Hokitika (NZHK) 23-26 March 2007
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It was magic from start to finish with only a bit of fog in the middle to get us onto the meeting so we could go on the bus ride on Sunday. Catching up with the Omaka contingent just as they took for Hokitika and accompanied by the “irreverand’s” fancies about co-pilots we wended our way towards Hokitika learning on the way about an idiosyncratic west coast farmer’s way of draining the land. Guess there’s not a lot to do on the West Coast because they are called Hump’n’Hollows Colin said. yeh well!!!??? Nuff said. Actually its true but spelt hump and hollows, I looked it up on the trusty internet. It’s not an adult recreation area for Lake Bruner farmers but the way they manage the excess damp by creating a series of long low ridges and valleys in their paddocks. Softened by late afternoon sunbeams the landscape below us was beautiful.
Rumour had it that Keith Sinclair, our favourite North Island helicopter pilot values his passengers by their chart reading skills. Colin on the other hand decided to do a circuit before heading south. A quick stop to close the luggage hatch and then chat with the friendly instructor who said our EPERB was on before taking off again from Taonui airfield. Graham and Carol in the Jabaru and Roy and Marlene in the Tecnam are heralding in the era of sports flights in nifty luxurious microlights. Marlene says with the canopy back and the wind in your hair there’s nothing better.
Eric and Trish met us at Hokitika with a copy of the programme (thank goodness for those who always forget to pack their own) and a cuppa by the local Rotarians. Congratulations to Eric, the Hokitika Rotarians, especially Mike, who made the weekend run smoothly, Wayne for their organization of another great fly-in. The irreverend strolled casually up the street from the supermarket to the motel with a trolley full of wine and nibbles and the occasional breakfast snack (he returned it next morning).
What a lovely surprise when Heather incoming President of Hokitika Rotary handed us an elaborate folder of Hokitika information complete with greenstone sample and chocolate at Wong’s Wok where we had dinner the first night. Heather who now drives a Mercedes convertible has also been a student pilot in a former life.
Fog, fog and more fog so after an hour or so of chitchat and detailed negotiation of the helicopter passenger manifest for the flight to Haast, President Wayne rescheduled the biannual meeting to Saturday morning. Then with clear skies some headed for Haast via Mt Cook and others took the coast route. The superlatives were all used up by the time Roy and I left the Mt Cook area, it was sunny, calm, just absolutely a wonderful memory to have. I discovered that you can control the Tecnam’s flaps by just be thinking about moving your finger across the stick never mind moving a muscle.
Fortunately lunch at Haast was sandwiches, ordered ahead, because we flew in well after lunchtime but were well fed and watered. From the sublime – flight to Haast – to the ridiculous – a young man in a topee touring the South Island on a penny-farthing bicycle. We discovered the verges at Haast airfield are soft and several planes had to be strongly encouraged by lots of hands to get back to the runway. Pilot Sue’s gutsy motor got itself out. Another wonderful flight back, Julie collecting an album of photos for the trip while Ian flew us back.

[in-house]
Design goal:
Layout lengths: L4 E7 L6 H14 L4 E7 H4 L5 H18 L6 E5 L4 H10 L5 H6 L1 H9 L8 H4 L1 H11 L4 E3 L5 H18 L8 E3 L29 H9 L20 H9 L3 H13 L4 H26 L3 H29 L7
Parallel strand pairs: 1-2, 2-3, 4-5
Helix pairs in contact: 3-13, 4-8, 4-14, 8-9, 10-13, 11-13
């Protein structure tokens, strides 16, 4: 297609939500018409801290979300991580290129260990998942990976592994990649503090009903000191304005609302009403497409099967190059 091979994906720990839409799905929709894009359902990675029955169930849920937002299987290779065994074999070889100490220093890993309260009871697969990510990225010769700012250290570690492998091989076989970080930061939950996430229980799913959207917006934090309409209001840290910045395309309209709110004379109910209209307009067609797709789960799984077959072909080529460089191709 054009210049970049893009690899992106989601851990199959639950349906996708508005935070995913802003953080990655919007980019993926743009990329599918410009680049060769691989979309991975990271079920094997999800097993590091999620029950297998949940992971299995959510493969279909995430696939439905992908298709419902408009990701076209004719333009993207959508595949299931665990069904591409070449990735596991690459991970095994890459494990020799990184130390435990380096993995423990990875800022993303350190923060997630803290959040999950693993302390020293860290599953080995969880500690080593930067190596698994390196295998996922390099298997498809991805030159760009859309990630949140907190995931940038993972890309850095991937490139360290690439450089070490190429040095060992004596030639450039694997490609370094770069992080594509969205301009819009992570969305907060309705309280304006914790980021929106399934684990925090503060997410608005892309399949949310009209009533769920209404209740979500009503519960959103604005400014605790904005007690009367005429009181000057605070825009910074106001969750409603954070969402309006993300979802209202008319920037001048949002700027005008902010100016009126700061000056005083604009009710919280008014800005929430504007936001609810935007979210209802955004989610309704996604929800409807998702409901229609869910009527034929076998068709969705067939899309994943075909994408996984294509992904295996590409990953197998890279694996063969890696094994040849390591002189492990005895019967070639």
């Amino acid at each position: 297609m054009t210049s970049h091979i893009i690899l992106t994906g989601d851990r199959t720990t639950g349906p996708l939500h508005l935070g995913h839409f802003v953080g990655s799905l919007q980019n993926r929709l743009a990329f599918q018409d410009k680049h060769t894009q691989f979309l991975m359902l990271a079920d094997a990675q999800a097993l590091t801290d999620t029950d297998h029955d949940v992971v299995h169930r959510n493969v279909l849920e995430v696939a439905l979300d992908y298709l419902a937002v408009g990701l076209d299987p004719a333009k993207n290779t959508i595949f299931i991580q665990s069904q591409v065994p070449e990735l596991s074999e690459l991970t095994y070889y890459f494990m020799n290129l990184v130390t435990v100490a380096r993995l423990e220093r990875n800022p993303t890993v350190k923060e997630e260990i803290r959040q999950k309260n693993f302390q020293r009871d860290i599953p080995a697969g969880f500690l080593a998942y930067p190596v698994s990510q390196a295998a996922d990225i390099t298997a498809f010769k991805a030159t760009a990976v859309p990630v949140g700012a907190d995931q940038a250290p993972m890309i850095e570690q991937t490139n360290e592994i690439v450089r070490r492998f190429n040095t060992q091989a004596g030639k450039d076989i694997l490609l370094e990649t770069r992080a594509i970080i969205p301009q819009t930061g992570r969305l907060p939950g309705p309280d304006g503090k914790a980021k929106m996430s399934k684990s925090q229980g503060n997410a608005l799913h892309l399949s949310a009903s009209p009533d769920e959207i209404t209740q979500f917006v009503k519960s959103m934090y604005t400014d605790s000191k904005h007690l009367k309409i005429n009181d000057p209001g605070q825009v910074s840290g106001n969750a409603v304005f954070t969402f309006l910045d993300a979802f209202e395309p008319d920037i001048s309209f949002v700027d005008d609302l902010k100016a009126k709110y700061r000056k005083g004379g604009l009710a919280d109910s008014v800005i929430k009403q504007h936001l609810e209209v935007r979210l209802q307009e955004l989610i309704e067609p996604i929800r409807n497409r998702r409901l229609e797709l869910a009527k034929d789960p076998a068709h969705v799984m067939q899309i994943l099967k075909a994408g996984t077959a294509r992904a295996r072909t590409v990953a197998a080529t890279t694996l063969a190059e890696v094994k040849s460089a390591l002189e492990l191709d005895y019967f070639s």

Saturday night with the Hokitika Rotary club was fun and a chance to meet new people from the Hokitika Rotary club. Brian Souter regaled us with stories of his flying days complete with ‘bodies’ hanging from the overhead locker, a prank by a co-pilot. Marlene had been shopping again and Joan was seen to dropping her bundle so was given a reel of black tape to keep up those sagging bits. Marlene presented another funny and prosperous Sergeants Session, when is she giving up that job, its too dangerous to be around her.
On Sunday we took a bus tour through Ross (tales of a tank owner who used to shoot up the river bed) to Harihari, seeing on the way the little church which housed a man in its roof for about two years unbeknownst to the community. We visited the replica of Guy Menzies’ plane and the field where he landed in 1931 after the first solo flight from Australia to New Zealand. He landed in a field of flax and proved, in the very early days of powered flight, that “any landing you walk away from is a good landing”. Aircraft security definitely needed to be invented as parts of his plane were ‘souvenired’ by those who came to view the plane. While visiting the replica, Heather thought she had hit the jackpot when she dropped a donation into the box only to have a pile of coins suddenly appear at her feet. The donations went to help the dedicated group of volunteers who have not only built the replica of the plane but built a hangar to house it in Harihari. ‘Measure twice then cut once” is a maxim the community has learned the hard way but the plane is now safely in its cosy hangar complete with replica of Guy Menzies.
Back in Hokitika we farewelled those who were lucky enough to be staying on and took off to the North another wonderful fly-in weekend finished off by a clear sunny flight home. Looking forward to exploring Wellington next time. Hokitika Flyin Report – by Joan Norrie